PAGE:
JACKSONVILLE, Fla., Nov. 9, 2014 — All patients with hepatitis C who receive a liver transplant will eventually infect their new livers. These transplanted organs then require anti-viral treatment before they become severely damaged. But traditional post-transplant hepatitis C therapy can take up to a year, is potentially toxic and can lead to organ rejection.
Now, at the American Association for the Study of Liver Diseases (The Liver Meeting® 2014) in Boston, researchers at Mayo Clinic report that use of two new oral medications post-transplant is safe and beneficial, and requires only 12 weeks of treatment.
“This is the first study to examine the use of these two new drugs — simeprevir and sofosbuvir — in liver transplant recipients, and, based on this large study, we find it to be a better option than current treatment,” says the study’s lead researcher, Surakit Pungpapong, M.D., a transplant hepatologist and an associate professor of medicine at Mayo Clinic in Florida.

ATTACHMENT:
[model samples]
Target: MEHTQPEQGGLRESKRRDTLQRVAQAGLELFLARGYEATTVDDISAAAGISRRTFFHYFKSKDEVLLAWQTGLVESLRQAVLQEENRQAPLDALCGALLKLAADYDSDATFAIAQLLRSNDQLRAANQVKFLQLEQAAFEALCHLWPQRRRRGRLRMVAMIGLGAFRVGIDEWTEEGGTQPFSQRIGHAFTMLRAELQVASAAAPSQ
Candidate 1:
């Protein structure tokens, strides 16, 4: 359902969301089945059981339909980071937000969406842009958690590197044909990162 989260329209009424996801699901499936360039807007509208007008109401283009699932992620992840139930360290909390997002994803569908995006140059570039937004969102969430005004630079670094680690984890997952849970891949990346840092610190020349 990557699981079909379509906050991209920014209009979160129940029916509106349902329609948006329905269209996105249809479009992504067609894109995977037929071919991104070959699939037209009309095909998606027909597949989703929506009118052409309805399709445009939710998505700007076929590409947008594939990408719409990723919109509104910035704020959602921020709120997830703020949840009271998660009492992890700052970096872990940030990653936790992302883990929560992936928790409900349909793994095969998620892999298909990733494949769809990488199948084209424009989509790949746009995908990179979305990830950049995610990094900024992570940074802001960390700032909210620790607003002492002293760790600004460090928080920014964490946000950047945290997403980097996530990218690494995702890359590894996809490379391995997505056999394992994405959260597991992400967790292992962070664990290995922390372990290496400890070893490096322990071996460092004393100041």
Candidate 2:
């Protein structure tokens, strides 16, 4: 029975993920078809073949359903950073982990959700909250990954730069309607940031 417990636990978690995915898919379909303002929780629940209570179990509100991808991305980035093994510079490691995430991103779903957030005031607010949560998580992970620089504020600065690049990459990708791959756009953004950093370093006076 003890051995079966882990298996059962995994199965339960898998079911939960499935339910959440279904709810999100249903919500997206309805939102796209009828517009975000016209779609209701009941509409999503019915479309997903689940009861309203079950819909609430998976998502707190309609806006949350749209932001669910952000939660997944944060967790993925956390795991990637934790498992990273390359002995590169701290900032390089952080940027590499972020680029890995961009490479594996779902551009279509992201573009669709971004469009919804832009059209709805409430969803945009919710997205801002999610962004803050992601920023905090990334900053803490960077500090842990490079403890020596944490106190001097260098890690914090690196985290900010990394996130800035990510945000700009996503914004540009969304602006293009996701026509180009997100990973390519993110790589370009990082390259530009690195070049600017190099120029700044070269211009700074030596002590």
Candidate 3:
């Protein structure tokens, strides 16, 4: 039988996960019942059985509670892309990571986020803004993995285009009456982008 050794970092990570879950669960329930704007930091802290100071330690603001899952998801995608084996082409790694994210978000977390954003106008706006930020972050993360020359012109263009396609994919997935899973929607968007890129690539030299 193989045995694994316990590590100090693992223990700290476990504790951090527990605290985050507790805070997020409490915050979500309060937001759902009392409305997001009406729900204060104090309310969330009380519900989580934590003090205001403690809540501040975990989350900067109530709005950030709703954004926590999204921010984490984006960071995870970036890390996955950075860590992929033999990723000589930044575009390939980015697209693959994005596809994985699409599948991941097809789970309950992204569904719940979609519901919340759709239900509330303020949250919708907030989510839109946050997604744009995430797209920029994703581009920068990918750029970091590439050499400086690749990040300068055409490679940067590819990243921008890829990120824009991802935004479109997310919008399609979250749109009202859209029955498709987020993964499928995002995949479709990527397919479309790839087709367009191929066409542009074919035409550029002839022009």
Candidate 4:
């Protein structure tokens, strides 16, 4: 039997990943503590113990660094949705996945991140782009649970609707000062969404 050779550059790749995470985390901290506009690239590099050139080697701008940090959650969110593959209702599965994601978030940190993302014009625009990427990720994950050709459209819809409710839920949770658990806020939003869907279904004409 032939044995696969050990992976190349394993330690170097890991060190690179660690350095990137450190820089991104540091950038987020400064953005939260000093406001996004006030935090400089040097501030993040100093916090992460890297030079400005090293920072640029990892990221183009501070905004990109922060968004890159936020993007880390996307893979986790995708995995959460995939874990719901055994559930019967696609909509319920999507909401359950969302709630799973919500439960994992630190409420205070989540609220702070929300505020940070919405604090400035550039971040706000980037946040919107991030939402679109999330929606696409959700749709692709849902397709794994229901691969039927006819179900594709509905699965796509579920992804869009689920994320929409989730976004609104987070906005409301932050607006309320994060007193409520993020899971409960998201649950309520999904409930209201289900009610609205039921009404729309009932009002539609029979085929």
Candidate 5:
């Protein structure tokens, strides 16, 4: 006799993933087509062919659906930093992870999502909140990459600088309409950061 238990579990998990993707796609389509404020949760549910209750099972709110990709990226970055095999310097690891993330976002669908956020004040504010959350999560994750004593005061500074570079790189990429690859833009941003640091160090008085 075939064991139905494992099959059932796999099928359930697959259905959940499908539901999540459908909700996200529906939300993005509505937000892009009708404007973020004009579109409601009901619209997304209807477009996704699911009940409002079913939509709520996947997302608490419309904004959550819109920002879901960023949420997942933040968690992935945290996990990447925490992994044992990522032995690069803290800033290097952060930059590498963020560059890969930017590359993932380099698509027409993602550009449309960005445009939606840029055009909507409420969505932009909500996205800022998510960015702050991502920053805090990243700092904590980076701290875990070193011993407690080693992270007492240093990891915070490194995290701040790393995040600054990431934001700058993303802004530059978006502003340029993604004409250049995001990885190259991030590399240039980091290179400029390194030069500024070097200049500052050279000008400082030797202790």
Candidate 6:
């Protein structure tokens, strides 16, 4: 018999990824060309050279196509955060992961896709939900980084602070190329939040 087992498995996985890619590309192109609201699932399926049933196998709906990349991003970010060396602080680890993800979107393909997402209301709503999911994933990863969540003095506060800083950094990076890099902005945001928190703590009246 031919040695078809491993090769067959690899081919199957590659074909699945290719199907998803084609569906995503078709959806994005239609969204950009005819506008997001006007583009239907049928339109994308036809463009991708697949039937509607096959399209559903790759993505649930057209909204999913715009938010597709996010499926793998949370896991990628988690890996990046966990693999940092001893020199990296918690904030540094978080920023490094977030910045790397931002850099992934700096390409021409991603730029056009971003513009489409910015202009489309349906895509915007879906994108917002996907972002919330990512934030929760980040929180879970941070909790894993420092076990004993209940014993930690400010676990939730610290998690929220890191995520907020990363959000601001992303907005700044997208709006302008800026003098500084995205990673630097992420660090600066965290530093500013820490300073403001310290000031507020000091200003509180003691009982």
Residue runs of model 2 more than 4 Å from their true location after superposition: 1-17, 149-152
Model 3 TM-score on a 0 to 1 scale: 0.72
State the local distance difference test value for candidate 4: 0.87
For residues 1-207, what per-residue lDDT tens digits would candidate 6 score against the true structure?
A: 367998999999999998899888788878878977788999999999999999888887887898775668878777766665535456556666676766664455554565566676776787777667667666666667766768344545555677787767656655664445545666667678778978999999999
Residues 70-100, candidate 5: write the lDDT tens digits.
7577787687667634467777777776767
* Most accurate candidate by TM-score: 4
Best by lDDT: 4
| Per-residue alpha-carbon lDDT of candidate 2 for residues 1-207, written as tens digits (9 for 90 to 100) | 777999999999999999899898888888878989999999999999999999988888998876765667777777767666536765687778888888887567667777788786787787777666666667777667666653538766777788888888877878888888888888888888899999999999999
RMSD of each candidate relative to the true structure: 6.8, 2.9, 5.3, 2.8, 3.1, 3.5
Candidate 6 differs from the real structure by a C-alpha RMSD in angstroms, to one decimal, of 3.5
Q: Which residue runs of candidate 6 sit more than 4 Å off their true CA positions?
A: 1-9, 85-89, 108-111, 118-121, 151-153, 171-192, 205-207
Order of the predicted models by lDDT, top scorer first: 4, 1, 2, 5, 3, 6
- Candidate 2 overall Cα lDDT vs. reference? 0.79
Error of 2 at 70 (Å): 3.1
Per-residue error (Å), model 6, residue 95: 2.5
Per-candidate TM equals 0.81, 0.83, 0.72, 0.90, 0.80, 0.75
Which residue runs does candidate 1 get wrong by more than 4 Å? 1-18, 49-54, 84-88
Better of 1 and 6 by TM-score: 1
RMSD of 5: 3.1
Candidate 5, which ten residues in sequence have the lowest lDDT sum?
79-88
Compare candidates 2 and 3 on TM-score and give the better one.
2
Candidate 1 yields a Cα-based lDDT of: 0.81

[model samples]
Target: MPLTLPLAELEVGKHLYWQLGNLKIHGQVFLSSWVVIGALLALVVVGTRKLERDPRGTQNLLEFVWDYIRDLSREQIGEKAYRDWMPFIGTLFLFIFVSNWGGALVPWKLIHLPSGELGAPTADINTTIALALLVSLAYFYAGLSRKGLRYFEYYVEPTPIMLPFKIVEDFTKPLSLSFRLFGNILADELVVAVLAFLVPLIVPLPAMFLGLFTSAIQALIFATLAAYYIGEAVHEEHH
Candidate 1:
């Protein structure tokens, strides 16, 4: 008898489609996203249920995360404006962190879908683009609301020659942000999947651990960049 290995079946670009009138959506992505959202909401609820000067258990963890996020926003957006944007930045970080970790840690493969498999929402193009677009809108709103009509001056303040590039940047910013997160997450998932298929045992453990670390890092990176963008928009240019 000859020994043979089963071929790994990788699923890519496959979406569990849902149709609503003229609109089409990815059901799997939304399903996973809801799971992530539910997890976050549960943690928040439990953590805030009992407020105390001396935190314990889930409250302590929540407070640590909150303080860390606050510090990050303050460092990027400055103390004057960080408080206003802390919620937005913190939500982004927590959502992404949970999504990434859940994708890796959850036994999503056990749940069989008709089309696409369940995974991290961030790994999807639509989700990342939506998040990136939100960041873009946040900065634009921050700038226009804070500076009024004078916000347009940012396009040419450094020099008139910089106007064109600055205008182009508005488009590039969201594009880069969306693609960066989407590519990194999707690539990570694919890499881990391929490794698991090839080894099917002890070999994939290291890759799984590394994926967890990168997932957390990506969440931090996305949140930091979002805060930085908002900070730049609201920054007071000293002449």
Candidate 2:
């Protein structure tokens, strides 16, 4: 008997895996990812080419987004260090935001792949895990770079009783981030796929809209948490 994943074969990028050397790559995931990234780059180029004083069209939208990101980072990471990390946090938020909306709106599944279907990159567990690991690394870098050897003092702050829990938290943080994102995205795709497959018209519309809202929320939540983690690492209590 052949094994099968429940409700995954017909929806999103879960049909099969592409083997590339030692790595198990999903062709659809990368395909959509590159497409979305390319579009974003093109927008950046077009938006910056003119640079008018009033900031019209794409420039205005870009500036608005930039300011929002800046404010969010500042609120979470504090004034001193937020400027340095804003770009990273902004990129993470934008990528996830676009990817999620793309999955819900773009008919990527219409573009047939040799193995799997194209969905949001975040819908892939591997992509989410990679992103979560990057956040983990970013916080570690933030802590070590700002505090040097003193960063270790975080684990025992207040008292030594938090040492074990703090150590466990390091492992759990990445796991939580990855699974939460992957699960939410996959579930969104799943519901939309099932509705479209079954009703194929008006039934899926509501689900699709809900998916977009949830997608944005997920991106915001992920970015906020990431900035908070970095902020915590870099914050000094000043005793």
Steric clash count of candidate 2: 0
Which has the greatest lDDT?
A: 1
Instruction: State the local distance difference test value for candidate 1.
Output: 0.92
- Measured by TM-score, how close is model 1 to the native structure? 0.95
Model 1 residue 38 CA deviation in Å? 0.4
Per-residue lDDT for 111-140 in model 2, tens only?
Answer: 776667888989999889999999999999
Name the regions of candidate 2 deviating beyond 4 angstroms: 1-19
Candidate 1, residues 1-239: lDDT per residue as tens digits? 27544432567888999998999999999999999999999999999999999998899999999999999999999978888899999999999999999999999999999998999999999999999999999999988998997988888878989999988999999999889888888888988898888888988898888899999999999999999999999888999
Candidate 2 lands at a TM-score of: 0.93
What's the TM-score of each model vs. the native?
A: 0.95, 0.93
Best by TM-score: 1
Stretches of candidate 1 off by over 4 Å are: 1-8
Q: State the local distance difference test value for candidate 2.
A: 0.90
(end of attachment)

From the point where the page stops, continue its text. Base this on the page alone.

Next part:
Journalists: Soundbites with Dr. Pungpapong are available in the downloads.
Years After Treatment for HER2-Positive Early Stage Breast Cancer Trastuzumab Shows Life-Altering Benefit
JACKSONVILLE, Fla. — After following breast cancer patients for an average of eight-plus years, researchers say that adding trastuzumab (Herceptin) to chemotherapy significantly improved the overall and disease-free survival of women with early stage HER2-positive breast cancer.
They found that the use of trastuzumab produced a 37 percent improvement in survival and a 40 percent reduction in risk of cancer occurrence, compared to patients treated with chemotherapy alone.
These findings, published in the Journal of Clinical Oncology, demonstrate how important trastuzumab has been to the treatment of this form of breast cancer, says the study’s lead author, Edith A. Perez, M.D., deputy director at large, Mayo Clinic Cancer Center and director of the Breast Cancer Translational Genomics Program at Mayo Clinic in Florida. [...]